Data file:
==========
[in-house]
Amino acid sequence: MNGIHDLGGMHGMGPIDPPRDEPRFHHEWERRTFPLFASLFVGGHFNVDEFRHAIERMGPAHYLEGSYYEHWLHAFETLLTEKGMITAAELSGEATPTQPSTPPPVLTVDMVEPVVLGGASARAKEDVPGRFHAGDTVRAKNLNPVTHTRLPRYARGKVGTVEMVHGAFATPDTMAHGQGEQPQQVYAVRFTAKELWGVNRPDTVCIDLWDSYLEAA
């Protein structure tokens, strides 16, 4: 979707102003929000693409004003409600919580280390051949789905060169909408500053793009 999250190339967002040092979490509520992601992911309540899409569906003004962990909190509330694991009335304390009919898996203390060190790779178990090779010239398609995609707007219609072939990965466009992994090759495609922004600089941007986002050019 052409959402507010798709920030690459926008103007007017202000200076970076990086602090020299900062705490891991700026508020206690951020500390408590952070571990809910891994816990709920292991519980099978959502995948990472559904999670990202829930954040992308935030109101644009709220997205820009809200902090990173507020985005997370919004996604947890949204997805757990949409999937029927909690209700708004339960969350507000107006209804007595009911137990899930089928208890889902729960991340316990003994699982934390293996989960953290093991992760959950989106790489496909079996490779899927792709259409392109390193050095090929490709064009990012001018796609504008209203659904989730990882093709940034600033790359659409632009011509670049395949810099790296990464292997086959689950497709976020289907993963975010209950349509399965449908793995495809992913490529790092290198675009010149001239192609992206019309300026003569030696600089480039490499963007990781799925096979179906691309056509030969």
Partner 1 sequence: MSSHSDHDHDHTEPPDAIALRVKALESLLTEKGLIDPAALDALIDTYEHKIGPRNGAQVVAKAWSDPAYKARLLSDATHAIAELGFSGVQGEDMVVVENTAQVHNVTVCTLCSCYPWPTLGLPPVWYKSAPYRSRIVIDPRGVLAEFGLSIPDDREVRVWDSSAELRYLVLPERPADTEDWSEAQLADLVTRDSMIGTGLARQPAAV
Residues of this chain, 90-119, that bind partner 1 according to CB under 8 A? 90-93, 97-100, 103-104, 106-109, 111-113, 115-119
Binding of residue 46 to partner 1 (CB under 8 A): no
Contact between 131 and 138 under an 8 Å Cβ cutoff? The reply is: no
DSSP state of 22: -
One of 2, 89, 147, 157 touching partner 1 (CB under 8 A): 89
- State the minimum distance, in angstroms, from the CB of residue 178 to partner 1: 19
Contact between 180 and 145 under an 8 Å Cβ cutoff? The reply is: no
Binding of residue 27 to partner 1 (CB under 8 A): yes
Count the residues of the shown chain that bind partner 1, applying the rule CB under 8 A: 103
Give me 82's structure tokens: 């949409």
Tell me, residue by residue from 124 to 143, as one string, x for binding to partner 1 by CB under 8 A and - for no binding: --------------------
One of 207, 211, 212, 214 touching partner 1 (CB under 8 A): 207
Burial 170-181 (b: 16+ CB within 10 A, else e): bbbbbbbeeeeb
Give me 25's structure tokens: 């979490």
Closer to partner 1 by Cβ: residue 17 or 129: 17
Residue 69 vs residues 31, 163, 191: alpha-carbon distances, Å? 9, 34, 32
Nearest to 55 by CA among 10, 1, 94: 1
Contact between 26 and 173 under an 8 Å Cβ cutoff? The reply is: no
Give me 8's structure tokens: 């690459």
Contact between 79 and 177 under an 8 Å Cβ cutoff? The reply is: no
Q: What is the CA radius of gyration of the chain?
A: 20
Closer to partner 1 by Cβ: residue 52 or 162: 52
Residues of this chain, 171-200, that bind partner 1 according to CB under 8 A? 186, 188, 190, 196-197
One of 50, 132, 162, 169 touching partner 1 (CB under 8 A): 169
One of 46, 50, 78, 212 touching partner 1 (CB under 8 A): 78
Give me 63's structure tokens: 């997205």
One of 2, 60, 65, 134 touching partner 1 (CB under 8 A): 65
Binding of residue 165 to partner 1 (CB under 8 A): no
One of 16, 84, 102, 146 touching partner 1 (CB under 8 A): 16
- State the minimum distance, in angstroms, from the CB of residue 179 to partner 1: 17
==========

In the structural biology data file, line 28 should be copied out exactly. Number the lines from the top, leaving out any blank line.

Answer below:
Residues of this chain, 171-200, that bind partner 1 according to CB under 8 A? 186, 188, 190, 196-197